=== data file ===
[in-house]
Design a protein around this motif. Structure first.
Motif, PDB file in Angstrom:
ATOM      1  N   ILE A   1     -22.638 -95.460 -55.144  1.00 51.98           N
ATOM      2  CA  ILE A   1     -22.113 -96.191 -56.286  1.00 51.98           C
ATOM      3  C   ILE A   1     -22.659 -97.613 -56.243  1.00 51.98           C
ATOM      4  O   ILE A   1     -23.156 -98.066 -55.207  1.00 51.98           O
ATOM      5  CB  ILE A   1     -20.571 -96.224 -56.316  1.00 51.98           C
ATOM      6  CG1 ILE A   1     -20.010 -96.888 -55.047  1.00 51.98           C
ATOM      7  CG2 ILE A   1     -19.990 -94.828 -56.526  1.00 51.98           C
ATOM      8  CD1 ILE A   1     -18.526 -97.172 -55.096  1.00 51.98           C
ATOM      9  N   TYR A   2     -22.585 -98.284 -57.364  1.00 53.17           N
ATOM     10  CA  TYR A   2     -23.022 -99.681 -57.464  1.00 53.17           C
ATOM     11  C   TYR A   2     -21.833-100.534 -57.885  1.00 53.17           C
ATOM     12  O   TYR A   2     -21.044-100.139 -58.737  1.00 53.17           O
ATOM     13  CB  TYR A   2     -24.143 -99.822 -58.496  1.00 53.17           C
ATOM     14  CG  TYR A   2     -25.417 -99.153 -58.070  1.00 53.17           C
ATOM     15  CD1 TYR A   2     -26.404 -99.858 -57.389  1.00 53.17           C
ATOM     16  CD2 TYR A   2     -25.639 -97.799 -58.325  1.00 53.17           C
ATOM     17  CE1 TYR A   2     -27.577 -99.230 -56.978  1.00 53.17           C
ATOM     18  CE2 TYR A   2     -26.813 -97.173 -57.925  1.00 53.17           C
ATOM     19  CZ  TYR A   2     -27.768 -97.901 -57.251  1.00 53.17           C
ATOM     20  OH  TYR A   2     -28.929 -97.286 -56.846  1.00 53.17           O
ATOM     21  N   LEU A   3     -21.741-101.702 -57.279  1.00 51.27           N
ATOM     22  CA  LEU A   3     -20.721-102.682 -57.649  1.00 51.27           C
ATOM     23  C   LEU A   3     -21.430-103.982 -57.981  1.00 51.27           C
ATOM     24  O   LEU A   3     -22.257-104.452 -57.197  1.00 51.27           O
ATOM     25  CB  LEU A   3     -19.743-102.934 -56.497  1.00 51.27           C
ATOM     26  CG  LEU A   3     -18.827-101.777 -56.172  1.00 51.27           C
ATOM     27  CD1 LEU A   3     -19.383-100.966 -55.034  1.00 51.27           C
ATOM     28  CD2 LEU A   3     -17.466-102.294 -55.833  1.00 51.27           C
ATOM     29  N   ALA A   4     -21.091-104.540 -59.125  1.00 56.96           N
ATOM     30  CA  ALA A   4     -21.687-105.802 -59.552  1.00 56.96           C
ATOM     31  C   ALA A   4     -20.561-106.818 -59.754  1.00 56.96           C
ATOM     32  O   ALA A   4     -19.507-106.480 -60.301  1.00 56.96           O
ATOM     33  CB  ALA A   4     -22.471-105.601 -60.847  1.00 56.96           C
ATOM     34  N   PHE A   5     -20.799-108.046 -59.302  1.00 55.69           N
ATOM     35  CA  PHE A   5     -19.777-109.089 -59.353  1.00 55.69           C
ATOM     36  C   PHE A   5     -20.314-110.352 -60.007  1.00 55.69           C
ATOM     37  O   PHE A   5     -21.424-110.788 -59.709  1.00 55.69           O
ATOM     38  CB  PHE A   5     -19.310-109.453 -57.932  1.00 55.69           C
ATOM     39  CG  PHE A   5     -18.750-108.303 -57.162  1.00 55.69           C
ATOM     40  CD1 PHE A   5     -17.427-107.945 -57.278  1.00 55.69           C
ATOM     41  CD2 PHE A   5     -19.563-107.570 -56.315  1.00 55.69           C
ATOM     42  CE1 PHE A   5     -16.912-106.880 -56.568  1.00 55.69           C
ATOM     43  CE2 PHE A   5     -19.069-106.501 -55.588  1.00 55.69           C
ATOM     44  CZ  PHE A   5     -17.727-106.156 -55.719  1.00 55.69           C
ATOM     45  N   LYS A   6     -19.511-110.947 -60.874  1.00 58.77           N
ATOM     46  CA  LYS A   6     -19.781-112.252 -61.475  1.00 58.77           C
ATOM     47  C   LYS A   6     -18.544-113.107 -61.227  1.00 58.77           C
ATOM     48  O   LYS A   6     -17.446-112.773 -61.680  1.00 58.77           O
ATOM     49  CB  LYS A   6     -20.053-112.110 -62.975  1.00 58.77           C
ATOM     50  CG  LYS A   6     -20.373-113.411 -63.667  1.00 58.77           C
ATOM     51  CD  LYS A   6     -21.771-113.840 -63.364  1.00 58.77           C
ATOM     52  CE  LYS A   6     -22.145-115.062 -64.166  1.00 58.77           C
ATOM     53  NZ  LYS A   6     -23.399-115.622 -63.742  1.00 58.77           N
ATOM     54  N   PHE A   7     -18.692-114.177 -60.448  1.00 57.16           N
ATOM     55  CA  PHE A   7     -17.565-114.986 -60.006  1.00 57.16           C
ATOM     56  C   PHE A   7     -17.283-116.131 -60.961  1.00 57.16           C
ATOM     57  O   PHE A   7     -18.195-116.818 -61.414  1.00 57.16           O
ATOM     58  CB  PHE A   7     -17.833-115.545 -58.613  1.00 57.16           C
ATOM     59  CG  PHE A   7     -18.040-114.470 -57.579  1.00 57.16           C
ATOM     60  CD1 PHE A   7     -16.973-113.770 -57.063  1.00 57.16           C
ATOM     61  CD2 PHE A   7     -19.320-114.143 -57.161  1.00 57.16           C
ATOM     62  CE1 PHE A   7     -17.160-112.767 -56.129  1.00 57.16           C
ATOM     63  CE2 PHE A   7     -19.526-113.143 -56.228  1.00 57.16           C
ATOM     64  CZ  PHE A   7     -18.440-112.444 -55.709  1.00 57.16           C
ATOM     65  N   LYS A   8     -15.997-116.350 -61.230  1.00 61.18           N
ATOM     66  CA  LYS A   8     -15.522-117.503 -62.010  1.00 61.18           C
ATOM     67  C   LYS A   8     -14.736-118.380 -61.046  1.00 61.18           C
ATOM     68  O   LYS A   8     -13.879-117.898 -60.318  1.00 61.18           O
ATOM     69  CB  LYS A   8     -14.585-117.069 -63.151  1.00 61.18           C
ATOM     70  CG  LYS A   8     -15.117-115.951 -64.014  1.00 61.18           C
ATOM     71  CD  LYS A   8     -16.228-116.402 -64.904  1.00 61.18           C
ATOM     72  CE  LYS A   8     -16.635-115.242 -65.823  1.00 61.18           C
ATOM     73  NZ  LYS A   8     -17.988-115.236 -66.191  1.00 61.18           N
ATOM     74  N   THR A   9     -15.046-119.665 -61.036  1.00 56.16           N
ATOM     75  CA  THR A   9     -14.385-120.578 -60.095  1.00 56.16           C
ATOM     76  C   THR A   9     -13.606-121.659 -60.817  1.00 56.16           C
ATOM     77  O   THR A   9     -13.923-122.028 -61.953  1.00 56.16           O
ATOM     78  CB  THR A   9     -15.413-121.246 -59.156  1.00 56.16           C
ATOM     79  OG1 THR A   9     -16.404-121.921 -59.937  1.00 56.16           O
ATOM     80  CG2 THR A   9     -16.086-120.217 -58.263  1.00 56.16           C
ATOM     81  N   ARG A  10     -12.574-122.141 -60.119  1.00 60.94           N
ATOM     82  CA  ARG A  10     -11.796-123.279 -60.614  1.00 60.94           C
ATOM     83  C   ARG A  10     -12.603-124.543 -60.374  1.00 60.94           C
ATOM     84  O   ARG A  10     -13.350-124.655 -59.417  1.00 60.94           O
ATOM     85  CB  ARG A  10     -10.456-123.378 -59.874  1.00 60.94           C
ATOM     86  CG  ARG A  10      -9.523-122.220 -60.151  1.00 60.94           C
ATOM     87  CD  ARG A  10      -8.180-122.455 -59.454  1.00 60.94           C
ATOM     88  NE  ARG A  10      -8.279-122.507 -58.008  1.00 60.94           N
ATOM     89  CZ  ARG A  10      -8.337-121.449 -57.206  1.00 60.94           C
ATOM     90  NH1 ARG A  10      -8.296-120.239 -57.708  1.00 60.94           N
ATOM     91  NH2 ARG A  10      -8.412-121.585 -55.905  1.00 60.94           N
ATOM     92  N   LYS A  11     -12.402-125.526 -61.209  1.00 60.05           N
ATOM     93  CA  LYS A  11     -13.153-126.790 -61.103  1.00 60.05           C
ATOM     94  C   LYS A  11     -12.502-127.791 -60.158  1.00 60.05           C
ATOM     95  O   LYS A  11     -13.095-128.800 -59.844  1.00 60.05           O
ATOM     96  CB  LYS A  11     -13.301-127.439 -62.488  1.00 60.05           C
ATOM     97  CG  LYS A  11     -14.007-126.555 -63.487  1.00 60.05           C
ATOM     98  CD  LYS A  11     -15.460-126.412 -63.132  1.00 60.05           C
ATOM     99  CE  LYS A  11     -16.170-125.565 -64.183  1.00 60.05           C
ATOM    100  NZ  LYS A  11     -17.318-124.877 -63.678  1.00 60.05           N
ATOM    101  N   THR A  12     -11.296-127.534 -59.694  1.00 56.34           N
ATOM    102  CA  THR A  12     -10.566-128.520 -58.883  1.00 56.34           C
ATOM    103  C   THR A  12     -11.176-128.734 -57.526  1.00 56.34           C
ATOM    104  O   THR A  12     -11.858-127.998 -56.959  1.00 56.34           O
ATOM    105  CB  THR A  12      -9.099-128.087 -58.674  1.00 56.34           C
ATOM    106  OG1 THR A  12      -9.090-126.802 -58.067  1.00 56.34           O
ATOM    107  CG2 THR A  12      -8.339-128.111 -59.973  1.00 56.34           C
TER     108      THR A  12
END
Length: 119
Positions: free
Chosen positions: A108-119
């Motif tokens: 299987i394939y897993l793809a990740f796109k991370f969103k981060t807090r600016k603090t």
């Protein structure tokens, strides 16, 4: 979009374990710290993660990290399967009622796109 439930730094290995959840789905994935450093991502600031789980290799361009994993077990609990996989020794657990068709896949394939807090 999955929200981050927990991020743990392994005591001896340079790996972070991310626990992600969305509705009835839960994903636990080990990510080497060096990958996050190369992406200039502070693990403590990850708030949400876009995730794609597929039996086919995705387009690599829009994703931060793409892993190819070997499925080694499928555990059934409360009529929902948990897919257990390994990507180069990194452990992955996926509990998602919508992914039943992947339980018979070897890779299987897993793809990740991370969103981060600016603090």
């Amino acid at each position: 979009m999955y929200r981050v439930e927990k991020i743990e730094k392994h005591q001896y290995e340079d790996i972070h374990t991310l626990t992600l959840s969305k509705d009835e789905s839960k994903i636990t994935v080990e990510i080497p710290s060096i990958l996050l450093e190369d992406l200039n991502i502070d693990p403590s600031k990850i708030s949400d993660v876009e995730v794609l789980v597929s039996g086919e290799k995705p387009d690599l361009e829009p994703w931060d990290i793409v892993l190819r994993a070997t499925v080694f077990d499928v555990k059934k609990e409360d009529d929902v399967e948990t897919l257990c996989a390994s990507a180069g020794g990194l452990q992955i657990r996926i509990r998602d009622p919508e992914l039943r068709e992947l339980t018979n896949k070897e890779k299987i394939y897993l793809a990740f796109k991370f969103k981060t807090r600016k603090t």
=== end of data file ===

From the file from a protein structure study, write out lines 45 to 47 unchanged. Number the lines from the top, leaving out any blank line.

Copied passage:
ATOM     42  CE1 PHE A   5     -16.912-106.880 -56.568  1.00 55.69           C
ATOM     43  CE2 PHE A   5     -19.069-106.501 -55.588  1.00 55.69           C
ATOM     44  CZ  PHE A   5     -17.727-106.156 -55.719  1.00 55.69           C